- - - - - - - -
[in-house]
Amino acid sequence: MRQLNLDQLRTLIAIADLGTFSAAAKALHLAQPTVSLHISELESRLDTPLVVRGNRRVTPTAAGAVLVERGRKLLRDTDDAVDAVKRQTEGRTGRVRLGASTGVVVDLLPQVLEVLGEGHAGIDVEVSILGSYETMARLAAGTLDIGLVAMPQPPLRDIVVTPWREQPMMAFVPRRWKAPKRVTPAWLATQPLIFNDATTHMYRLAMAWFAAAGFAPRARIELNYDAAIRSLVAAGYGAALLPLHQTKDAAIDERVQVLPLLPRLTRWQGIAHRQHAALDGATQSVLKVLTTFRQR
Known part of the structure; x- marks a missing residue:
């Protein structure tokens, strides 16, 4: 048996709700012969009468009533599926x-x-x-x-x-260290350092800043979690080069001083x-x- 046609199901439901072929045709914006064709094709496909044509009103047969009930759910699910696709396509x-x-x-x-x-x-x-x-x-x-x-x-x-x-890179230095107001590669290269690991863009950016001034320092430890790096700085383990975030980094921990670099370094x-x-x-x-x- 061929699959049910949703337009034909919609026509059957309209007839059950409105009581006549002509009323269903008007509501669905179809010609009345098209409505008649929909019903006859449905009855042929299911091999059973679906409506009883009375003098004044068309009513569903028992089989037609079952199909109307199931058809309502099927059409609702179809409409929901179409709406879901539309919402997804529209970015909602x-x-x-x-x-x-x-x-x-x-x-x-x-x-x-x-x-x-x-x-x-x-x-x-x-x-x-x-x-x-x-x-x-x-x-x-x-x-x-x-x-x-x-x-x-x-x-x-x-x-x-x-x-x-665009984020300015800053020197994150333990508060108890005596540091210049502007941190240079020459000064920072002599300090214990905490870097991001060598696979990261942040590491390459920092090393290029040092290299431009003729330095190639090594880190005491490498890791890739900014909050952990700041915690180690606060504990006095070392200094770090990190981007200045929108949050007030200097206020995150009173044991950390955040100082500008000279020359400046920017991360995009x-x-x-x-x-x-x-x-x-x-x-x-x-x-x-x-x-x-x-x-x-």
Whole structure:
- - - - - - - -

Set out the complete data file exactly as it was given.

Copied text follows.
[in-house]
Amino acid sequence: MRQLNLDQLRTLIAIADLGTFSAAAKALHLAQPTVSLHISELESRLDTPLVVRGNRRVTPTAAGAVLVERGRKLLRDTDDAVDAVKRQTEGRTGRVRLGASTGVVVDLLPQVLEVLGEGHAGIDVEVSILGSYETMARLAAGTLDIGLVAMPQPPLRDIVVTPWREQPMMAFVPRRWKAPKRVTPAWLATQPLIFNDATTHMYRLAMAWFAAAGFAPRARIELNYDAAIRSLVAAGYGAALLPLHQTKDAAIDERVQVLPLLPRLTRWQGIAHRQHAALDGATQSVLKVLTTFRQR
Known part of the structure; x- marks a missing residue:
């Protein structure tokens, strides 16, 4: 048996709700012969009468009533599926x-x-x-x-x-260290350092800043979690080069001083x-x- 046609199901439901072929045709914006064709094709496909044509009103047969009930759910699910696709396509x-x-x-x-x-x-x-x-x-x-x-x-x-x-890179230095107001590669290269690991863009950016001034320092430890790096700085383990975030980094921990670099370094x-x-x-x-x- 061929699959049910949703337009034909919609026509059957309209007839059950409105009581006549002509009323269903008007509501669905179809010609009345098209409505008649929909019903006859449905009855042929299911091999059973679906409506009883009375003098004044068309009513569903028992089989037609079952199909109307199931058809309502099927059409609702179809409409929901179409709406879901539309919402997804529209970015909602x-x-x-x-x-x-x-x-x-x-x-x-x-x-x-x-x-x-x-x-x-x-x-x-x-x-x-x-x-x-x-x-x-x-x-x-x-x-x-x-x-x-x-x-x-x-x-x-x-x-x-x-x-x-665009984020300015800053020197994150333990508060108890005596540091210049502007941190240079020459000064920072002599300090214990905490870097991001060598696979990261942040590491390459920092090393290029040092290299431009003729330095190639090594880190005491490498890791890739900014909050952990700041915690180690606060504990006095070392200094770090990190981007200045929108949050007030200097206020995150009173044991950390955040100082500008000279020359400046920017991360995009x-x-x-x-x-x-x-x-x-x-x-x-x-x-x-x-x-x-x-x-x-």
Whole structure: